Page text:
How I Started Response Commodities

I was asked on my Ask.fm account to make a short blog post about how I started Response Commodities so I decided to follow through and make a post about it. Pardon my rambling here, I just whipped this up quick and didn’t go through the editing process much.

Response CommoditiesI’m not going to go into too much detail because a lot of it is trade secret, but I’ll go through the common sense stuff. I was interested in trade for a long time before starting the business and I first began networking with other people in the industry. I did research and first thing I found where niches that had high profit margins and new trendy items. I picked tobacco products, electronics, and clothing – all high profit niches.

The next thing I did was look on Alibaba for people selling products in those niches. I found sellers, contacted every single one, then negotiated test buys. Most people selling things, I’ve found, are scammers. I negotiated smaller buys upfront, purchased from multiple people, got their skype screen names, and waited for the orders to come in. Some purchases came in, some didn’t – I had to cut my losses.

When the small ones came in I tested selling retail to gauge interest. I also looked at the quality of items I was buying to see if it would be suitable to sell without having to deal with complaints. After selling the items retail and building relationships with the merchants that delivered high quality product fast, I slowly increased my order size until I reached a point where I was ordering in bulk.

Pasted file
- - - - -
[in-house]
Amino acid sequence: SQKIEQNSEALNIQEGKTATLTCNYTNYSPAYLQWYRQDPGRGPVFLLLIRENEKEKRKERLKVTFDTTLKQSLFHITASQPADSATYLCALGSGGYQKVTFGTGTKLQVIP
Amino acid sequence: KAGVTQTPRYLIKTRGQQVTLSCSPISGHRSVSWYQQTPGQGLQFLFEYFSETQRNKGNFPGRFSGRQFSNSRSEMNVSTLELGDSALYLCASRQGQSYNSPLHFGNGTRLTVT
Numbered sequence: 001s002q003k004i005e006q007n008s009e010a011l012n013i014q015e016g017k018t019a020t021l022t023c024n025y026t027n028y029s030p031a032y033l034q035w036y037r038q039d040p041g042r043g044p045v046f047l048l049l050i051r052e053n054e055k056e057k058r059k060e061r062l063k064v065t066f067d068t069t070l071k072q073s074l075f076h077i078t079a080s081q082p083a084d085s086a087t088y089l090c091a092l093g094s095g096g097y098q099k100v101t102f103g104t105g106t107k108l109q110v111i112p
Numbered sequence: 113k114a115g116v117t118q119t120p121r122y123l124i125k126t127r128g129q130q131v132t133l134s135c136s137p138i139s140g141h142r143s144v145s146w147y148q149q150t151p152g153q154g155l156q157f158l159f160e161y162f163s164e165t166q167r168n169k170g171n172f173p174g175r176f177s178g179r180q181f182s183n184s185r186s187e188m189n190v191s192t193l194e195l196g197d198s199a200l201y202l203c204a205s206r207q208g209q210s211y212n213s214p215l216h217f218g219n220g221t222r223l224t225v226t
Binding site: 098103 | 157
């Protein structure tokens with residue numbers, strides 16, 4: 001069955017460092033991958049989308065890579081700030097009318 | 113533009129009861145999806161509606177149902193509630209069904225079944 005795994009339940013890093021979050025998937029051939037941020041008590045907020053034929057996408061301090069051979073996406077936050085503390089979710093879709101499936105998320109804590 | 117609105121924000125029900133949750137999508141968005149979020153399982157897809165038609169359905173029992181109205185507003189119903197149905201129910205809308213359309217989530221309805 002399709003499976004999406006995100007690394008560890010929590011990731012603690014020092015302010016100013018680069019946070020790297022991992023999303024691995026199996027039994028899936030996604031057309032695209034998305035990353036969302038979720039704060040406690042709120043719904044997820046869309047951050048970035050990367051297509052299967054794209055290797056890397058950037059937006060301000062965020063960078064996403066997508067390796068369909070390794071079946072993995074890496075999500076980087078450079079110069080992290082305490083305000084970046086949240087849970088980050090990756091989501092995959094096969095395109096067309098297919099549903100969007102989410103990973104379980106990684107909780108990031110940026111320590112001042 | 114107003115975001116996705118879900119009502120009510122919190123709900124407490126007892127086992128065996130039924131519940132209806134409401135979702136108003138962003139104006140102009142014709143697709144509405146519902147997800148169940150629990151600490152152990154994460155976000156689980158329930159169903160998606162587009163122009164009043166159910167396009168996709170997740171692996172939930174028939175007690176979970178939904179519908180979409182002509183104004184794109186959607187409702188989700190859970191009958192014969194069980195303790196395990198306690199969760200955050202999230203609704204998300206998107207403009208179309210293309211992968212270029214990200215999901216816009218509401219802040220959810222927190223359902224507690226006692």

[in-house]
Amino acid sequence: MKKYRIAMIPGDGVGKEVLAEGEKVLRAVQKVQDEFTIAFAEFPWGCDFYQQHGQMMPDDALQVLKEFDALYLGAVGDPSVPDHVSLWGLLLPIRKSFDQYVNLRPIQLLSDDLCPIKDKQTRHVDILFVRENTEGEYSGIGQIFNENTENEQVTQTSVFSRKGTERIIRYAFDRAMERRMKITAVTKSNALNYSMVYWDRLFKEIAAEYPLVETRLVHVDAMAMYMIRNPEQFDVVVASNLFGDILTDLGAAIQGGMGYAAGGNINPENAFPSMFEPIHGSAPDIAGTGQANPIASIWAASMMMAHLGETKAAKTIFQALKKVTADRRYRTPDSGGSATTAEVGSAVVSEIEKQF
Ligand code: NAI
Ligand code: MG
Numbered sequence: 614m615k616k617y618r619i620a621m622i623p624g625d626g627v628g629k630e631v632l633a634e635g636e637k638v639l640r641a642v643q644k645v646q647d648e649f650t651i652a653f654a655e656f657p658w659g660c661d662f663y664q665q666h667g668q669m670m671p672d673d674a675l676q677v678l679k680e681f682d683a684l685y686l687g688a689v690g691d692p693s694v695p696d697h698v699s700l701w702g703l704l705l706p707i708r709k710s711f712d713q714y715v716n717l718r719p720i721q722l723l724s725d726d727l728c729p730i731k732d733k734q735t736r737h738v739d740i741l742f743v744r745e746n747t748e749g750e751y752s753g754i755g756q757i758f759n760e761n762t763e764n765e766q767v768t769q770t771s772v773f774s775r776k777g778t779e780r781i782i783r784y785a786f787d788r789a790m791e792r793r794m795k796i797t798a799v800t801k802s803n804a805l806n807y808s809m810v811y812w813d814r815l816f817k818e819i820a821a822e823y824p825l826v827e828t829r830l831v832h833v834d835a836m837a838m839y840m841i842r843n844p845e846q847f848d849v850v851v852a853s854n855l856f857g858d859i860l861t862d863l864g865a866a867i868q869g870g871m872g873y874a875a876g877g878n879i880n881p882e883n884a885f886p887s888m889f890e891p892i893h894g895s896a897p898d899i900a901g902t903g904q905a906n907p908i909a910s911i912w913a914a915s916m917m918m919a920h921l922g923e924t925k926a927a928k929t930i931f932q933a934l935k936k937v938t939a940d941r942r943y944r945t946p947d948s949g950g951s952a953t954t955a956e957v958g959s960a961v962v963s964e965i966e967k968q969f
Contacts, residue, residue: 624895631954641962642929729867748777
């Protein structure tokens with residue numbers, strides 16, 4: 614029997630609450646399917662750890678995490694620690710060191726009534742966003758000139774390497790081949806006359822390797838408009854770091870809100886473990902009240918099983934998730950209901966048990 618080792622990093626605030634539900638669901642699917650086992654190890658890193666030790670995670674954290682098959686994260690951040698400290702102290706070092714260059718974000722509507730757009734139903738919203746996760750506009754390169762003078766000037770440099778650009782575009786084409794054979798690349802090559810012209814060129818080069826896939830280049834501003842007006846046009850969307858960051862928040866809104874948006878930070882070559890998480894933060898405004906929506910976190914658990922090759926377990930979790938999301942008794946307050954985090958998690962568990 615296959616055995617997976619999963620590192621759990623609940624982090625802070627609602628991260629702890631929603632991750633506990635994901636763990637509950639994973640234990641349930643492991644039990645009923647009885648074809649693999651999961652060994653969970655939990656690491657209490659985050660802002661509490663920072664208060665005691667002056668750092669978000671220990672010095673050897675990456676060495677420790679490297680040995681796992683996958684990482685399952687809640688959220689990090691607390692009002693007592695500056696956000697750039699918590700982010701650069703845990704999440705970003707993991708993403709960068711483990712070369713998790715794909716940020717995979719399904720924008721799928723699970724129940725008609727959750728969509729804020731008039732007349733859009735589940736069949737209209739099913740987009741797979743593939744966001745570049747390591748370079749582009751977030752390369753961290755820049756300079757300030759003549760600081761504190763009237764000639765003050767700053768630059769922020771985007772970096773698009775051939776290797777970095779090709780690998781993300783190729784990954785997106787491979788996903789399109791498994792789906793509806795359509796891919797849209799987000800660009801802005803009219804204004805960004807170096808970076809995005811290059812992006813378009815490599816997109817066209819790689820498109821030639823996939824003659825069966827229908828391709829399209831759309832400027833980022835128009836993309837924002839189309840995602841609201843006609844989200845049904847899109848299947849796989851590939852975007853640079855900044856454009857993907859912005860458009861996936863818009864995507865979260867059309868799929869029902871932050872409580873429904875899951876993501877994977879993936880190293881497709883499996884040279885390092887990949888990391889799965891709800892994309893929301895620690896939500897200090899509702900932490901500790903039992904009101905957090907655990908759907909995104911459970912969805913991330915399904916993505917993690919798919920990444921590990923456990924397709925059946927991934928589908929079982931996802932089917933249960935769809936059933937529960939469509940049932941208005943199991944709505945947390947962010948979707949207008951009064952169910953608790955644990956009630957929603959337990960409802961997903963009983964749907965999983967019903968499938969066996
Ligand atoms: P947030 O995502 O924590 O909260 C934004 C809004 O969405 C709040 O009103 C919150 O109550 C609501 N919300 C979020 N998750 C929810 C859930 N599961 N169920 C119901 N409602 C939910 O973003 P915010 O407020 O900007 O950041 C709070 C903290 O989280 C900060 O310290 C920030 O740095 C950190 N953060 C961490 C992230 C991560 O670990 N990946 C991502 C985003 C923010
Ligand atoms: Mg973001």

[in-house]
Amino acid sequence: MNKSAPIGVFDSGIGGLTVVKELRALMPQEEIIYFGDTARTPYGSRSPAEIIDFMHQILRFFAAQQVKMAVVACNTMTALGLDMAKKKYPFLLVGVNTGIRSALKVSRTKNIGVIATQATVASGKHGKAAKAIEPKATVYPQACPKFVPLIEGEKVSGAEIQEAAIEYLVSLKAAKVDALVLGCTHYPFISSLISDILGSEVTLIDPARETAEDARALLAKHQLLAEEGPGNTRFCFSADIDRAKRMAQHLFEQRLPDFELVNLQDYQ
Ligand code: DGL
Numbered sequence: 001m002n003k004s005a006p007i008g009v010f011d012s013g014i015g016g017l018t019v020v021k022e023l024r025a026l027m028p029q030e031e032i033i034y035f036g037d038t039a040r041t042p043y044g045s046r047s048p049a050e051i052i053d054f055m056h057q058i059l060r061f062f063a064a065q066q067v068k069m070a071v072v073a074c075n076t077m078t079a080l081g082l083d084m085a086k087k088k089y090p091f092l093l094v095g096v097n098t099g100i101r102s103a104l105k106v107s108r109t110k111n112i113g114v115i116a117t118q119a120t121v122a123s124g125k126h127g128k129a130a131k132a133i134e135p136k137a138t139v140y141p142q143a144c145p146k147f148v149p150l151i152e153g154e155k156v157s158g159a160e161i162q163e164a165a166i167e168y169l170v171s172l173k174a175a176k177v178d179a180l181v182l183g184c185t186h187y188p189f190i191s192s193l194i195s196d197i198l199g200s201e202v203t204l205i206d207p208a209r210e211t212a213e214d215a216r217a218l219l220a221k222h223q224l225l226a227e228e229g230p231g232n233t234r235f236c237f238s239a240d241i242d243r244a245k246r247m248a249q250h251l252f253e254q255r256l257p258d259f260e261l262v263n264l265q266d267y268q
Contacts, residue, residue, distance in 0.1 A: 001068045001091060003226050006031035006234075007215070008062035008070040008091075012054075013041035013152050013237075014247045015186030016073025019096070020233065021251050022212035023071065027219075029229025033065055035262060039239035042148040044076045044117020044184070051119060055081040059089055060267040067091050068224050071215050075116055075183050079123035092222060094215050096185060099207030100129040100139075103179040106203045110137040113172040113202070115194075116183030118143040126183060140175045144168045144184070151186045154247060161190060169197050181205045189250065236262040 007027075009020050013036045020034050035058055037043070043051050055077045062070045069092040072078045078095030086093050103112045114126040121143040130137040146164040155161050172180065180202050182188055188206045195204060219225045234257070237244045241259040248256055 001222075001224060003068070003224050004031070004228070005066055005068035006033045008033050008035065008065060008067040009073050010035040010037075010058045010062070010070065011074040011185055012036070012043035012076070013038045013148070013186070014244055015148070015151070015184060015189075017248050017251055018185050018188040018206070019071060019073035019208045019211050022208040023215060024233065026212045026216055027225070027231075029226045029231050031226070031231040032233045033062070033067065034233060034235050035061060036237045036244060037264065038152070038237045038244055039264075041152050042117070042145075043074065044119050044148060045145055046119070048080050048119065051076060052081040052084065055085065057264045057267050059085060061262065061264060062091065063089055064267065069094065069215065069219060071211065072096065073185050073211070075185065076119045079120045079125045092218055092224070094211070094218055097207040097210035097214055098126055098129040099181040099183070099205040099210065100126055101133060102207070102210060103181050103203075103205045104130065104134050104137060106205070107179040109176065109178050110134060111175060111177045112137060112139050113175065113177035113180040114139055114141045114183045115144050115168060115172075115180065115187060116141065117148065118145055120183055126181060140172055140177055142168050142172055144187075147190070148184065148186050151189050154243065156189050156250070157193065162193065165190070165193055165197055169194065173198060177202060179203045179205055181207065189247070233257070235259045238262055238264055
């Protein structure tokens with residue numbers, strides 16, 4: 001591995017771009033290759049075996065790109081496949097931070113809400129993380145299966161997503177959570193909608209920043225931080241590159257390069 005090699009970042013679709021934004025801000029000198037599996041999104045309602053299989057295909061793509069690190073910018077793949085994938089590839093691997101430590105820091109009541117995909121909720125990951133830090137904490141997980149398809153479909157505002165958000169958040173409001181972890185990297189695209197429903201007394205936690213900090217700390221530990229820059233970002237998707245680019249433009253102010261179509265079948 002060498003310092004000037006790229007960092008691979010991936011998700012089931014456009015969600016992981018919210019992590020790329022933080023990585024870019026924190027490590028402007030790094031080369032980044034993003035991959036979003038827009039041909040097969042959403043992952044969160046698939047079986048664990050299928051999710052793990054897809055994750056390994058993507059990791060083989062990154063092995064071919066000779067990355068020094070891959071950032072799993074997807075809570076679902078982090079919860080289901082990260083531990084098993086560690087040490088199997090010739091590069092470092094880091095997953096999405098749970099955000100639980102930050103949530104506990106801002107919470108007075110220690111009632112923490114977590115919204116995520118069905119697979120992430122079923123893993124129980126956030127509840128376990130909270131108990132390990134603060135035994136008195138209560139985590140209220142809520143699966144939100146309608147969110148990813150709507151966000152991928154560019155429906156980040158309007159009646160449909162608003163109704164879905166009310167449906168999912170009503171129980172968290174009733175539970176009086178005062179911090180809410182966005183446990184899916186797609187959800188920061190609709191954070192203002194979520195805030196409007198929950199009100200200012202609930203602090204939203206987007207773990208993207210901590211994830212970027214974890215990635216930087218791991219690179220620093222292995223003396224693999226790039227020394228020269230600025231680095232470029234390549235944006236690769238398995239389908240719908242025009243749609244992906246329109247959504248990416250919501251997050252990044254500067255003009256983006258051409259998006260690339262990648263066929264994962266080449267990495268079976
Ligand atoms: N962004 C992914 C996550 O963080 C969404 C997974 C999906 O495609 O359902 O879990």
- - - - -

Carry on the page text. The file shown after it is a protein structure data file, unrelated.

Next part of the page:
Obviously, the larger the order the lower the price per unit. To experiment, I opened up an operation that cold called businesses in my related niches to open up a line of communication where I could begin negotiating rates for bulk orders. In many cases, I ended up being able to drastically undercut their prices off the bat. To propel sales, I fronted inventory to retail operations so they could sell and pay once items where sold.
I slowly began getting into bigger ticket items like electronics, which ended up being bigger margins for me. The biggest challenge with the business now is ordering the correct amount of product, keeping up with the latest technology, and maintaining cashflow while I front product to retail outlets.

Now, I’m still at the very early stages of the business and other things have caught my interest more – but the company has potential and is earning money. Obviously I’m not in Wal-Mart or anything like that yet – but if I put my full focus on it I could grow is dramatically. The biggest challenges I’ve faced with the business is the cashflow required to scale it, and the risk I take when I over order product inventory and it doesn’t sell. For example, I didn’t predict trends correctly in my electronics division and over ordered hundreds of a certain product, only to have the next version released. Now, I’m sitting on inventory of a product that it far more difficult to sell because it’s old technology and I’m going to have to take a loss selling it – plus it’s very difficult to find someone to buy it.

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